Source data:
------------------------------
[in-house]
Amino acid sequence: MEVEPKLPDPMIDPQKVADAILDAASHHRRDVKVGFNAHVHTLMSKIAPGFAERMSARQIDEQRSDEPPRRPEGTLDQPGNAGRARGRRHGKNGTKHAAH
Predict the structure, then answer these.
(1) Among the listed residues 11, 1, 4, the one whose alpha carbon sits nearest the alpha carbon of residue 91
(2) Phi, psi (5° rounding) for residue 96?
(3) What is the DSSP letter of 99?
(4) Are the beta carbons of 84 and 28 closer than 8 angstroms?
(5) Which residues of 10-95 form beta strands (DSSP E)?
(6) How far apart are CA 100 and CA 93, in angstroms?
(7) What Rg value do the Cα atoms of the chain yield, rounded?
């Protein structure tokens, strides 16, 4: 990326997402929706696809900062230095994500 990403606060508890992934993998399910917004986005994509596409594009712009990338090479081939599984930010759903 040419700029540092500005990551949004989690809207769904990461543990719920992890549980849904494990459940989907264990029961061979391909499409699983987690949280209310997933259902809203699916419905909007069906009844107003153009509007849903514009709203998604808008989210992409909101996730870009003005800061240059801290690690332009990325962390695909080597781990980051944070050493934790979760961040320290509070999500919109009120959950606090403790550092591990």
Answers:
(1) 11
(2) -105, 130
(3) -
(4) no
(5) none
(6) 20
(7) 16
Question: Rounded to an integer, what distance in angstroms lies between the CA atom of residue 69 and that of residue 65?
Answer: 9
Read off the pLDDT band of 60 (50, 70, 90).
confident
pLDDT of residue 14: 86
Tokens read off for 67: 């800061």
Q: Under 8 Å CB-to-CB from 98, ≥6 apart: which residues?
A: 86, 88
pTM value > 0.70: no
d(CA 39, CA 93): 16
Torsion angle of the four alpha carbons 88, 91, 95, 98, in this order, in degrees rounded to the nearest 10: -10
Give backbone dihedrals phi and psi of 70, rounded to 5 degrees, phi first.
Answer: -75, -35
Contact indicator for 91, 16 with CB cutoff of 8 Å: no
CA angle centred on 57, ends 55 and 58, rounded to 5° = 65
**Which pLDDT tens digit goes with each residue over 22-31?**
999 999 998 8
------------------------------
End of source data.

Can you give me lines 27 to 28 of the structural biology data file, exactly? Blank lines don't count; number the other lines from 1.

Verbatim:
A: 86, 88
pTM value > 0.70: no